Research Topic 1: Shape-controlled synthesis of noble-metal and metal-semiconductor hybrid nanocrystals



Part A: Noble-metal nanocrystals


Interest in noble-metal nanocrystals with controlled sizes and shapes has grown steadily because of strong correlations between the size/shape of nanocrystals and chemical, physical, electronic, optical, magnetic, and catalytic properties. The interest has also been enhanced by the technological applications of these nanocrystals in areas ranging from catalysis to sensing, imaging, and biomedical research. For Ag and Au, the applications are mainly based on their localized surface plasmon resonance (LSPR) and surface-enhanced Raman scattering (SERS) properties. In these cases, computational and experimental studies have shown that the shape of a Ag or Au nanocrystal plays the most important role in determining the number, position, and intensity of LSPR peaks, as well as the spectral region for effective SERS detection. For Pd and Pt, the applications are largely in catalysis, and the activity/selectivity has been found to be highly sensitive to the shape and thus facets expressed on the surface. For example, it has been shown that Pt nanocrystals can selectively catalyze different types of reactions depending on the facets, with {100} and {210} facets being most active for reactions involving H2 and CO, respectively. These examples clearly demonstrate the pivotal importance of size and shape control in maximizing the use of noble-metal nanocrystals. The ultimate goal of this research is to synthesize noble-metal nanocrystals with well-defined shapes associated with desired properties for various applications.




[1] Kinetically controlled overgrowth of Ag or Au on Pd nanocrystal seeds: from hybrid dimers to non-concentric and concentric bimetallic nanocrystals
Zhu, C.; Zeng, J. (equal contribution); Tao, J.; Zhu, Y.; Gu, Z. and Xia, Y. J. Am. Chem. Soc. 2012, 134, 15822-15831.

[2] A quantitative analysis of the role played by poly(vinyl pyrrolidone) in seed-mediated growth of Ag nanocrystals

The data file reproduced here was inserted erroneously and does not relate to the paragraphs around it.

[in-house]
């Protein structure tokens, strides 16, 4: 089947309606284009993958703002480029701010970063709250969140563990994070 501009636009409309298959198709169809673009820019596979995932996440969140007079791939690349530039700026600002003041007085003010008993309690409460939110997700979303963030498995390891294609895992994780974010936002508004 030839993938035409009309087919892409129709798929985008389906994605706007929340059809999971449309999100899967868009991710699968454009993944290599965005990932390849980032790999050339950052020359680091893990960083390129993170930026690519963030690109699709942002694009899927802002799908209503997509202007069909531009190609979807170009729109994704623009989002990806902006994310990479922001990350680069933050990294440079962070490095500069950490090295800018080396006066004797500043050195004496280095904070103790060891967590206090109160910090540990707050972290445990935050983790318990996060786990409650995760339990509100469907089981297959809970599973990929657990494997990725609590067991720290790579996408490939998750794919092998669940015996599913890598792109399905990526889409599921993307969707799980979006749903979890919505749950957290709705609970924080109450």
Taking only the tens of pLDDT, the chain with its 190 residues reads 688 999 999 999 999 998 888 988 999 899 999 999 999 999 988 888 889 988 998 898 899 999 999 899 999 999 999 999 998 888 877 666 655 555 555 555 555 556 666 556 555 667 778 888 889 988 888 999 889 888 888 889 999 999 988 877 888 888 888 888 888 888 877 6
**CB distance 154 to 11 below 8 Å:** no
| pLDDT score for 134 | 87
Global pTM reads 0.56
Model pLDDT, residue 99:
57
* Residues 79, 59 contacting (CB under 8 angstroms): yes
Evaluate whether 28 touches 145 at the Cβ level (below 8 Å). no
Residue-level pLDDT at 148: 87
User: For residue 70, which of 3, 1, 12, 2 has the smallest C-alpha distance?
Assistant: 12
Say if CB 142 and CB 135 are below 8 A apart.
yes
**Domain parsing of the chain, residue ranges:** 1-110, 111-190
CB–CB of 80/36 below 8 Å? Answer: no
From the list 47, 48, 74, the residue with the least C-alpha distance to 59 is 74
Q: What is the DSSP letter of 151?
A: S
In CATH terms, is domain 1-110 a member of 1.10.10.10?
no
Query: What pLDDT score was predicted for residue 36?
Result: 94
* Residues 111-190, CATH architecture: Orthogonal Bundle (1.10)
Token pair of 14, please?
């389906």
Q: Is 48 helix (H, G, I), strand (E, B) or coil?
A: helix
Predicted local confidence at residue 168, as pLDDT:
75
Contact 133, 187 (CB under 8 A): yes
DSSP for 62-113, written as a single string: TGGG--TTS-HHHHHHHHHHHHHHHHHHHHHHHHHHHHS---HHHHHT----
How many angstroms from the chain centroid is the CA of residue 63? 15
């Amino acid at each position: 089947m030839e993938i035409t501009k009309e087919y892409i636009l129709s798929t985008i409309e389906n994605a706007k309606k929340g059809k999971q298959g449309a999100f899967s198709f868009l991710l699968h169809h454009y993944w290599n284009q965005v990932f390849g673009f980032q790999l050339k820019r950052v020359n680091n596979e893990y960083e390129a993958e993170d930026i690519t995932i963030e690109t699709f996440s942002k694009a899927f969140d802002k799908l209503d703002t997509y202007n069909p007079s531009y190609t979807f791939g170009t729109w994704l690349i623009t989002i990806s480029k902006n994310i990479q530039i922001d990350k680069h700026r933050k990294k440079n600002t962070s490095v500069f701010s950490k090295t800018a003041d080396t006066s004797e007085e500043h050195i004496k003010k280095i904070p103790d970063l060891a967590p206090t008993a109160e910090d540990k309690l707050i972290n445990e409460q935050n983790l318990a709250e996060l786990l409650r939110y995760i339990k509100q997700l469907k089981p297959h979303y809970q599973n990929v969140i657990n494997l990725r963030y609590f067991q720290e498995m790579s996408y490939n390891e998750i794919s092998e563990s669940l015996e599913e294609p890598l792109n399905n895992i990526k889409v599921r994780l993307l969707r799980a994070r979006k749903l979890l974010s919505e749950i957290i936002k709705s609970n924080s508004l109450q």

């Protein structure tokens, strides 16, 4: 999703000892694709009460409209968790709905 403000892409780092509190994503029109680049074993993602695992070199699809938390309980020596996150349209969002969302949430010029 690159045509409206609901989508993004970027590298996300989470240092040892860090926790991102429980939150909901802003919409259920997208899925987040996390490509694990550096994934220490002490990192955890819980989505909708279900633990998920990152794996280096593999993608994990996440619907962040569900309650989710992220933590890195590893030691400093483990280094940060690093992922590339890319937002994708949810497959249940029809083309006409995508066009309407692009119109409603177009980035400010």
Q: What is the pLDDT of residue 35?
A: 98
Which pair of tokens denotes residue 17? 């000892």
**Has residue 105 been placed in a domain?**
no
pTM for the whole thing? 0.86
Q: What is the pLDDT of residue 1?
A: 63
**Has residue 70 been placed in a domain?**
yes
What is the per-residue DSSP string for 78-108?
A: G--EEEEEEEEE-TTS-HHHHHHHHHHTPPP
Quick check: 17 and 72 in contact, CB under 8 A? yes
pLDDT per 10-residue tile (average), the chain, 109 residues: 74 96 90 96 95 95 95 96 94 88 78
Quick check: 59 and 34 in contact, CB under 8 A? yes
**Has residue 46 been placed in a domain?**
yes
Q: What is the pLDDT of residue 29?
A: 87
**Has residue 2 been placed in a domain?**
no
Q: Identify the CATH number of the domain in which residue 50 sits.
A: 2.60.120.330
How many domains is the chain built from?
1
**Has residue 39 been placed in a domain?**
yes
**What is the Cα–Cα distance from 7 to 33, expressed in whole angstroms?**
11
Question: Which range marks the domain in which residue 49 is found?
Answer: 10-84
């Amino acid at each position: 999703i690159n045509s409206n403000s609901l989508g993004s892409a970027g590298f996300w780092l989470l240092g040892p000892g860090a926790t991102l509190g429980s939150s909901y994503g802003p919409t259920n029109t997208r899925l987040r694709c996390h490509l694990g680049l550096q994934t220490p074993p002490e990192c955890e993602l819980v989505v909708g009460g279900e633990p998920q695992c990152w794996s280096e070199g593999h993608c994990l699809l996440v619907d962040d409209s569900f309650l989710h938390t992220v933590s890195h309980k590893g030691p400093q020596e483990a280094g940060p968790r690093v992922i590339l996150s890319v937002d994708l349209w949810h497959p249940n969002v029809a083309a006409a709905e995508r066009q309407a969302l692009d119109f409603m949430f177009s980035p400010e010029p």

Xia, X.; Zeng, J. (equal contribution); Oetjen L.; Li, Q. and Xia, Y. J. Am. Chem. Soc. 2012, 134, 1793.

[3] Controlling the nucleation and growth of silver on palladium nanocubes by manipulating the reaction kinetics
Zeng, J.; Zhu, C.; Tao, J.; Jin, M.; Zhang, H.; Li, Z.-Y.; Zhu, Y. and Xia, Y. Angew. Chem. Int. Ed. 2012, 51, 2354.

[4] Silver nanocrystals with concave surfaces and their optical and surface-enhanced Raman scattering properties
Xia, X.; Zeng, J. (equal contribution); McDearmon, B.; Zheng, Y.; Li, Q. and Xia, Y. Angew. Chem. Int. Ed. 2011, 50, 12542.

[5] Controlling the shapes of silver nanocrystals with different capping agents
Zeng, J.; Zheng, Y.; Rycenga, M.; Tao, J.; Li, Z.-Y.; Zhang, Q.; Zhu, Y. and Xia, Y. J. Am. Chem. Soc. 2010, 132, 8552-8553.



Part B: Metal-semiconductor hybrid nanocrystals


Hybrid nanostructures that integrate two or more nanoscale components have recently attracted much attention owing to the synergistic properties induced by interactions between these objects. Promising examples of such structures are metal-semiconductor hybrid nanocrystals, in which a metal and its semiconductor counterpart are closely coupled in an effort to produce intriguing behaviors and functionalities far beyond those of their individual counterparts. For example, metal tips on semiconductor nanorods can serve as anchor points for electrical connections or for head-to-end self-assembly into complex structures, while improved charge separation at the metal-semiconductor interface can enhance its photocatalytic activities or modify its nonlinear optical response. Furthermore, addition of semiconductor tips to metal nanocrystals can greatly improve the stability of metal nanocrystals against aging at a high temperature and maneuver the fascinating optical properties of metal nanocrystals known as surface plasmon resonance. As many of their physical and chemical properties are highly dependent on the size, shape, composition, and spatial distribution of each component, the synthetic strategy of such metal-semiconductor hybrid nanonanocrystals has become increasingly important. The ultimate goal of this research is to spatially control the component distribution and thus regulate the symmetry of different types of metal-semiconductor hybrid nanocrystals.




[1] Symmetric and asymmetric Au-AgCdSe hybrid nanorods
Liang, S.; Liu, X.-L.; Yang, Y.-Z.; Wang, Y.-L.; Wang, J.-H.; Yang, Z.-J.; Wang, L.-B.; Jia, S.-F.; Yu, X.-F.*; Zhou, L.; Wang, J.-B.; Zeng, J.*; Wang, Q.-Q.* and Zhang, Z. Nano Lett. 2012, 12, 5281-5286.

[2] Selective sulfuration at the corner sites of a silver nanocrystal and its use in stabilization of the shape
Zeng, J.; Tao, J.; Su, D.; Qin, D. and Xia, Y. Nano Lett. 2011, 11, 3010-3015.

[3] Gold-based hybrid nanocrystals through heterogeneous nucleation and growth
Zeng, J.*; Huang, J.; Liu, C.; Wu, C.; Lin, Y.; Wang, X.*; Zhang, S.; Hou, J. G.* and Xia, Y. Adv. Mater. 2010, 22, 1936-1940 (highlighted on the inside cover).